Emily Baer is an assistant professor of political science at the University of New Hampshire. She received her Ph.D. from the University of Minnesota. She previously served as a National Fellow at the Miller Center of Public Affairs at the University of Virginia, and an APSA Congressional Fellow with Rep. Rosa DeLauro (D-CT) where she worked as a legislative assistant on labor and regulatory issues, and equal pay and paid leave legislation. Her research examines the development and evolution of American political institutions, including Congress and political parties, as well as women and politics, from an inter-disciplinary and multi-method perspective. Her current projects address the causes and consequences of congressional reform and group organization in Congress, including recent historical and contemporary efforts by party factions (such as the liberal Democratic Study Group and the conservative Republican House Freedom Caucus) to challenge the status quo in the House of Representatives. Her research is ultimately focused on identifying specific strategies that members of Congress can adopt to reform the static legislative branch to be more representative of and responsive to the public and national policy problems.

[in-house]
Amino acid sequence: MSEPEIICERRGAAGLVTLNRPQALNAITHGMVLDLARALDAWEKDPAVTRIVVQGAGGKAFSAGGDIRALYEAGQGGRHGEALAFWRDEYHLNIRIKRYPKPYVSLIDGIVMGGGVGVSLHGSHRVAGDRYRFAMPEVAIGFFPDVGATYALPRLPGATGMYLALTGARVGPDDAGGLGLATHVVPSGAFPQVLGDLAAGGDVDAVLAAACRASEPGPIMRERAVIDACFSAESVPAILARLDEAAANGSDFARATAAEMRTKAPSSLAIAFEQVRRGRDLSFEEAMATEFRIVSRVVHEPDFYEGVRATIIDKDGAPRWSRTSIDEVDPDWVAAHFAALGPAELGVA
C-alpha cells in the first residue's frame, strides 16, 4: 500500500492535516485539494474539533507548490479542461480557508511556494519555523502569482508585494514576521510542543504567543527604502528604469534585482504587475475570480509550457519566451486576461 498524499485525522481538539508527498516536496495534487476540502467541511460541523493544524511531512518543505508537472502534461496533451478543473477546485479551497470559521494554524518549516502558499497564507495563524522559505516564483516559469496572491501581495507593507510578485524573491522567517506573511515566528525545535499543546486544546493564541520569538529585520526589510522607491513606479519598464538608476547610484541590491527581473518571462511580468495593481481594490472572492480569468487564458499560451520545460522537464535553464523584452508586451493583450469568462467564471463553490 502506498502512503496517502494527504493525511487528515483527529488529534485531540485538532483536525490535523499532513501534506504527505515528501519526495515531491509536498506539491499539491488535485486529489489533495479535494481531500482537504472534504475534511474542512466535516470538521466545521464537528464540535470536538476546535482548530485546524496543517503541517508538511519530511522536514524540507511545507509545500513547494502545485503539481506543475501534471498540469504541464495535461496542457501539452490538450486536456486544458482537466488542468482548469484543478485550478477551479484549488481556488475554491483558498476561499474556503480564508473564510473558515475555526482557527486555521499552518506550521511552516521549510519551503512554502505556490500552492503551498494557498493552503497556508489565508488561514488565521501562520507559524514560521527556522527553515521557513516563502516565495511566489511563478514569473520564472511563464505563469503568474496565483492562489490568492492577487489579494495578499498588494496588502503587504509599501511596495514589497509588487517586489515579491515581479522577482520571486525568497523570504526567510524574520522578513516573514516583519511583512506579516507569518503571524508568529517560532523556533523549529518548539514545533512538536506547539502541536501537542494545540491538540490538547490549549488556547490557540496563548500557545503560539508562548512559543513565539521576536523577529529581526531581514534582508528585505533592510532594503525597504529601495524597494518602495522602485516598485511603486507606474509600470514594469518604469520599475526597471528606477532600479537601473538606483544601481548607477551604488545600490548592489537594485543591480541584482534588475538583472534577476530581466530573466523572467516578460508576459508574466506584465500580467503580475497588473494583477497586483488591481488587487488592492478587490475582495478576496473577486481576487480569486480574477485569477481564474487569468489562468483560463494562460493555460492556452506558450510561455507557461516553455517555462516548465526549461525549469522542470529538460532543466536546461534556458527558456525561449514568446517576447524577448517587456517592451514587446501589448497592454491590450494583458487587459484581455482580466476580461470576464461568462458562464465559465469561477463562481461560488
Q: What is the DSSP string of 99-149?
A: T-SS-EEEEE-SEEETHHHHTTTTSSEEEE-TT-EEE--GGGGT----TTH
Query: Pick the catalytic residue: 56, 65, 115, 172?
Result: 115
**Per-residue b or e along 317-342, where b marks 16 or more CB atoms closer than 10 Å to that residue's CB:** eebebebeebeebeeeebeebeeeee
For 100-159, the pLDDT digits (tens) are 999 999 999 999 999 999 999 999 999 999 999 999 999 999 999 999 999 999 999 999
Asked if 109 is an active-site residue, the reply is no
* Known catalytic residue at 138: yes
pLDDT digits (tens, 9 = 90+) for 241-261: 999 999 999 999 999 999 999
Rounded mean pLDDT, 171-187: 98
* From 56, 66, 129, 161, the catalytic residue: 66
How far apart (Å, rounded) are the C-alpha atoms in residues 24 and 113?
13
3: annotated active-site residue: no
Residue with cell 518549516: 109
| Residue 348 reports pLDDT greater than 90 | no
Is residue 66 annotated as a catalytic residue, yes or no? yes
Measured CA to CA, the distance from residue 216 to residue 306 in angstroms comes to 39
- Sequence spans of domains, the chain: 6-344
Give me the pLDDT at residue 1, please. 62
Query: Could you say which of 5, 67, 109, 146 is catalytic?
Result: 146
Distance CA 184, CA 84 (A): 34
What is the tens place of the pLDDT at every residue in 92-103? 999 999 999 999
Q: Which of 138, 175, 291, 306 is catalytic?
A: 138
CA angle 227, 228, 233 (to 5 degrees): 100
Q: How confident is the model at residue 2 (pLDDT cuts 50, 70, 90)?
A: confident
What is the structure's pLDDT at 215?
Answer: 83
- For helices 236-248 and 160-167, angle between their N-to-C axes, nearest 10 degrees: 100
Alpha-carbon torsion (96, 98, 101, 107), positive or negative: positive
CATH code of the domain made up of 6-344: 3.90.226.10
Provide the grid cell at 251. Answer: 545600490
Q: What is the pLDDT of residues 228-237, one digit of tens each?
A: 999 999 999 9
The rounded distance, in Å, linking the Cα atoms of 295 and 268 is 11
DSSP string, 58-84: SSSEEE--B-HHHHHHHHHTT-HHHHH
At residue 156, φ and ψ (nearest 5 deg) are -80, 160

- American politics
- Congressional reform
- Political institutions
- Political parties
- Political representation
- U.S. Congress
- Women & politics
- POLT 402: American Politics & Government
- POLT 505: American Congress
- POLT 580: Selected Topics Am Politics
- POLT 602A: Internship
- POLT 602D: Internship
- POLT 709/809: Reforming American Government
- POLT 797B/897B: Seminar/American Politics
Baer-Bositis, E. (2019, April 4). Organized Party Factions in the House of Representatives: the Liberal Democratic Roots of the Conservative House Freedom Caucus. In Midwest Political Science Association. Palmer House Hilton, Chicago, IL.
Baer-Bositis, E. (2019, March 30). Explaining Women Candidate’s Campaigns in 2018: A Typology of Campaign Types. In American Elections Conference. Saint Anselm College, New Hampshire Institute of Politics.